But it’s also tough being a leftist in America. The media is bought and sold by huge, cold-blooded, profit-making corporations and money runs our democracy to the point we have a government dominated by bullshitters and panderers. When a concerned citizens has had enough and takes to the streets, these days he or she is corralled and humiliated by a range of sophisticated and well-funded police agencies. Marginalization is assured.
What’s an American leftist to do?
What the young activists in New York are doing is a good model. You turn into Howard Beal and declare, “I’m mad as hell and I’m not going to take it anymore!” Everybody gets cameras and puts quotes from the 1st Circuit Court of Appeals ruling on posters or t-shirts. You realize the poor slob in uniform in front of you with the can of pepper spray is also a working man or woman and it’s him breaking the law when he pepper sprays you or slams you into a Volvo for using your First Amendment rights.
Since it’s against the law to employ your own pepper spray, you just have to take it like a Gandhi would. There’s no such thing as self-defense when it comes to cops, even when they are blatantly breaking the law.
The political left in America is on the ropes, and contrary to what some leftists would like to see, revolution does not seem on the horizon in America. That said, something is indeed happening, and the world is seeing more examples of bottom up expression.
Here’s what I think: The only thing that can save the United States of America from a dismal future the political right wants to lock us into is to rigorously debunk the slander of the left so the nation can begin to create a more healthy, economically just structure. That goes for ending the bankrupting state of endless war these same forces have collared us with.
Such a shift will do two important things: It will empower working people with health care and jobs so they’ll have security and money to spend, which will re-energize a capitalist engine; and in the spirit of a mixed economy, it will also mean a much needed injection of socialism into the economy – the sort of things Franklin Roosevelt had the courage to do.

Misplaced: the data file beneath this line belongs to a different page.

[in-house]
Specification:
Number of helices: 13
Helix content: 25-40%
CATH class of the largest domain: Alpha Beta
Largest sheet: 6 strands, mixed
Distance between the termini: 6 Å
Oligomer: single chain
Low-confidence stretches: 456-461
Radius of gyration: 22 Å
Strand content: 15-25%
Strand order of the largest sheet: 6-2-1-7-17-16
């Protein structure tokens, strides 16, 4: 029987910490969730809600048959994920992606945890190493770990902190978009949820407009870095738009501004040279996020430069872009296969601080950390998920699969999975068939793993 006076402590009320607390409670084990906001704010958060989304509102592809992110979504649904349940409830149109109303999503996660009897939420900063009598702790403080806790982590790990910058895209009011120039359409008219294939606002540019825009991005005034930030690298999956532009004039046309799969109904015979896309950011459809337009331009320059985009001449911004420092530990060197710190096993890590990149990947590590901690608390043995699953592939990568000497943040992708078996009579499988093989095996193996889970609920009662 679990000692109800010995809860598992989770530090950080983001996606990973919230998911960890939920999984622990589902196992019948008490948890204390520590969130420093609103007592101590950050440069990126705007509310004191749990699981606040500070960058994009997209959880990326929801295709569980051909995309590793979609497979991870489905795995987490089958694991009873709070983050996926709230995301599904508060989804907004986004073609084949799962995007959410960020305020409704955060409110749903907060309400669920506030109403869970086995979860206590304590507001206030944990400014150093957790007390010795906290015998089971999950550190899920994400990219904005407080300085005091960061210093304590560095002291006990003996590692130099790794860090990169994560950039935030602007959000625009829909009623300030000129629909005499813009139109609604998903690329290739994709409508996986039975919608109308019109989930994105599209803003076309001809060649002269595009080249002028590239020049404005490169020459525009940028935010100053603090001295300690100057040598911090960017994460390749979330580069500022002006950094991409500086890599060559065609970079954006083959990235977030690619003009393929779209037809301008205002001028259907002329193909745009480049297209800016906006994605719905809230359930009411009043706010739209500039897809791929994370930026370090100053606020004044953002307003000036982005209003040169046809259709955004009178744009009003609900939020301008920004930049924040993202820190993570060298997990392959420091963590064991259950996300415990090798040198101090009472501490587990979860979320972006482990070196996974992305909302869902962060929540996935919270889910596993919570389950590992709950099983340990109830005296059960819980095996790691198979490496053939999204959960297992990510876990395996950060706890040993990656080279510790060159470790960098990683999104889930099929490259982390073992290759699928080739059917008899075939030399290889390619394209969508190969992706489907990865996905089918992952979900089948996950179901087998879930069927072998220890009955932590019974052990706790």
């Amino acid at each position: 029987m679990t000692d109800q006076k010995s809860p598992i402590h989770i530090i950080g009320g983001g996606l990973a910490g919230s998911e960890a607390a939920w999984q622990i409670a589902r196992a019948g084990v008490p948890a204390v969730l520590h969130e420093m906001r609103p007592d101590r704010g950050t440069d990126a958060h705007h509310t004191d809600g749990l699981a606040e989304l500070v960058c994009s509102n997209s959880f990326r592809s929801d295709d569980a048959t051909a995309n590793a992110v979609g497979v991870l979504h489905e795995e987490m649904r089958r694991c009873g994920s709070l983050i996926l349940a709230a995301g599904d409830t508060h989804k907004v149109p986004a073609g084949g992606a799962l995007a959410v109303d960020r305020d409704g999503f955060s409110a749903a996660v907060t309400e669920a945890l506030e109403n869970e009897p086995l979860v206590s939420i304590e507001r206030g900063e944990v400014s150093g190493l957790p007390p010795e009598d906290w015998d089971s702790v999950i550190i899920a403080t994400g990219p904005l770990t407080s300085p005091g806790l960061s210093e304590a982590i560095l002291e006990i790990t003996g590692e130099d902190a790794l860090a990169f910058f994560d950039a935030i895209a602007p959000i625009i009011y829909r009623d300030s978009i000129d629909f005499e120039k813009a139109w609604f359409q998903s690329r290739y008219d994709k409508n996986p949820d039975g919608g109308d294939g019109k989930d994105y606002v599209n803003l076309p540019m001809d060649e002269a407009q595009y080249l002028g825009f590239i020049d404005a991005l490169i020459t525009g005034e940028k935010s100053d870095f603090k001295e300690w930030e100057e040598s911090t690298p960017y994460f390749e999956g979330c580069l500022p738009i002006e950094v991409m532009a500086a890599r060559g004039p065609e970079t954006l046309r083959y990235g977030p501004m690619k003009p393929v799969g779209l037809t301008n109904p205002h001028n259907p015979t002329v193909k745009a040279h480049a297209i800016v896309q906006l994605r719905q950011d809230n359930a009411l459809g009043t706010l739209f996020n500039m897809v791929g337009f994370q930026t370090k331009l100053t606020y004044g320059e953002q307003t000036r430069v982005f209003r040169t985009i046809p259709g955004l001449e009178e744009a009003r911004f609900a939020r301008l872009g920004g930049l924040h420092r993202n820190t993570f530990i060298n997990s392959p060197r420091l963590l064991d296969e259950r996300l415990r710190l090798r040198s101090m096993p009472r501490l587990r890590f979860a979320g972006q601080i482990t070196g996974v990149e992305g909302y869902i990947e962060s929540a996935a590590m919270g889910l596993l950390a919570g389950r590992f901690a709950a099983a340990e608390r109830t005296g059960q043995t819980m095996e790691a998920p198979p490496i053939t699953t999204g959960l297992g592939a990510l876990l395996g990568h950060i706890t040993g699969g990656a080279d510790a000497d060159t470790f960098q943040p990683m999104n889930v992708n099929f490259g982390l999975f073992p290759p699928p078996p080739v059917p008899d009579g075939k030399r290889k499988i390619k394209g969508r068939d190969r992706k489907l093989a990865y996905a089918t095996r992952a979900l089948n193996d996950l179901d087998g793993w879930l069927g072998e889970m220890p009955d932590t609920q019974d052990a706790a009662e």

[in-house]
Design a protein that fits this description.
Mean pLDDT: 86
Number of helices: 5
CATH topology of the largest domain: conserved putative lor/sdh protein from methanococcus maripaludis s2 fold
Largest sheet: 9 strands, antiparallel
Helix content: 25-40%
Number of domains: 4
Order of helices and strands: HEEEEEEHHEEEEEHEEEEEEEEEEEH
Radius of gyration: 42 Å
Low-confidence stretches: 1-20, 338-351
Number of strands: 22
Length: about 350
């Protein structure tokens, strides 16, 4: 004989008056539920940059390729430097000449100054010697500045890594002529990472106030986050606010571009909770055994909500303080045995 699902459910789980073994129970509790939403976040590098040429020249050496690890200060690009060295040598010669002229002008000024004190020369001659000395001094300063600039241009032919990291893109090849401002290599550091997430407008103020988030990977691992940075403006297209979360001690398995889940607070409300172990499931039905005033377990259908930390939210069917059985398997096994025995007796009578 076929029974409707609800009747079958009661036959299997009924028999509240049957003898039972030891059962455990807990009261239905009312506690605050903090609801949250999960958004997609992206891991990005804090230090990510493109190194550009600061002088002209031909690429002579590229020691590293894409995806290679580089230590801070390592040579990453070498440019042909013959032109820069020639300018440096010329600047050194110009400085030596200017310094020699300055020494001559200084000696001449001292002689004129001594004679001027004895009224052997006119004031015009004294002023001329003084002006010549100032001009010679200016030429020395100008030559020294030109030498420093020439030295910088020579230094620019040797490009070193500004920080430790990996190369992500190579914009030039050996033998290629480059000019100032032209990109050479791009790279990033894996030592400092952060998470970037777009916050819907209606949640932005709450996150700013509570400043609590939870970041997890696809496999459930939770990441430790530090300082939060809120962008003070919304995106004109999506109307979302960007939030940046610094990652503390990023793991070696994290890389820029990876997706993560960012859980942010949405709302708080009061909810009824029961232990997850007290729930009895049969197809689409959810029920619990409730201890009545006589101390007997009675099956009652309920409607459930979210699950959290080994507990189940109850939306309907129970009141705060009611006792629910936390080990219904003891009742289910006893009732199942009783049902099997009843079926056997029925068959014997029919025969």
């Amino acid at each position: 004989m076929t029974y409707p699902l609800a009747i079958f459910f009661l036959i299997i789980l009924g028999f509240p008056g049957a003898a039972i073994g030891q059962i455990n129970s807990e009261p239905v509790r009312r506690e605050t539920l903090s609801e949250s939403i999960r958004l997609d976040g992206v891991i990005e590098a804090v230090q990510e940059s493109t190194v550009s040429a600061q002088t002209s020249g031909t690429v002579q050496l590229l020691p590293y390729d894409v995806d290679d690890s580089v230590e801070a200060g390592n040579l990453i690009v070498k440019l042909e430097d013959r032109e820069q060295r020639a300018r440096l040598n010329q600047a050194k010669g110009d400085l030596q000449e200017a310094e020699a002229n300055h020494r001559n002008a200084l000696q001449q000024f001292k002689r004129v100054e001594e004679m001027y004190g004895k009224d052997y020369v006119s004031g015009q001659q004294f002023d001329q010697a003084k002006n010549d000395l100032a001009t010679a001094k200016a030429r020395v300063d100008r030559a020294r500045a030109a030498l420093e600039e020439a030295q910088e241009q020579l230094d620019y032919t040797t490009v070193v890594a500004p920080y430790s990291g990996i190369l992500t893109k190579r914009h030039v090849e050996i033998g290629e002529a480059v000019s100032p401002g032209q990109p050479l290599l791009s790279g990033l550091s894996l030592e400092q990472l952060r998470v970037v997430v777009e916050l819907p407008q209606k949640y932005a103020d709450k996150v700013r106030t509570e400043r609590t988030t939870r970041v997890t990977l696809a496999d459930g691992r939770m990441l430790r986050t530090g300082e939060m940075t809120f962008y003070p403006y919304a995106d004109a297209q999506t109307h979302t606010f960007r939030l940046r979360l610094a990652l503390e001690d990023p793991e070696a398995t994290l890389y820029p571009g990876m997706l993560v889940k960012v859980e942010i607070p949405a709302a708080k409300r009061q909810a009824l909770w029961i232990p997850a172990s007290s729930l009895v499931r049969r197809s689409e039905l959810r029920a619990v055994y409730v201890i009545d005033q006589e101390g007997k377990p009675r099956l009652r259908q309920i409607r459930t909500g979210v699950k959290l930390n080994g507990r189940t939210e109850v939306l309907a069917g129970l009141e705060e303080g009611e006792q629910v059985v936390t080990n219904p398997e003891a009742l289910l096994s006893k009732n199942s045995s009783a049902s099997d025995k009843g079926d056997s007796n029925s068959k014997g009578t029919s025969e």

A May Day demonstration for economic justice in Union Square in New York in 1934
Even one of the right wing’s most revered free-market economic gurus, Friedrich Hayek, conceded the healthy nature of a mixed economy in his famous 1944 polemic, The Road To Serfdom.
“There is no reason why,” he wrote, “in a society which has reached the general level of wealth which ours has attained the first kind of security should not be guaranteed to all without endangering general freedom.” He defined that security as “security against severe physical deprivation (and) the certainty of a given minimum of sustenance for all.” He went on further to say: “[S]ome minimum of food, shelter, and clothing, sufficient to preserve health and the capacity to work, can be assured to everybody. … [T]he case for the state’s helping to organize a comprehensive system of social insurance is very strong.”
Hayek’s view of a balanced economy sounds almost reasonable today and shows how very far to the right current thinking has gone after his beloved free market economy was driven into a ditch by greedy Wall Street pirates.
I plan to stand up for more economic justice with others in Washington DC starting on October 6th in Freedom Plaza, three blocks from the White House. Like others, I’ll have my camera with me. I hope DC cops don’t feel it’s necessary to slam me into a Volvo or shoot me in the face with pepper spray.
But if that’s how it has to be, that’s the cost of living free in a US police state.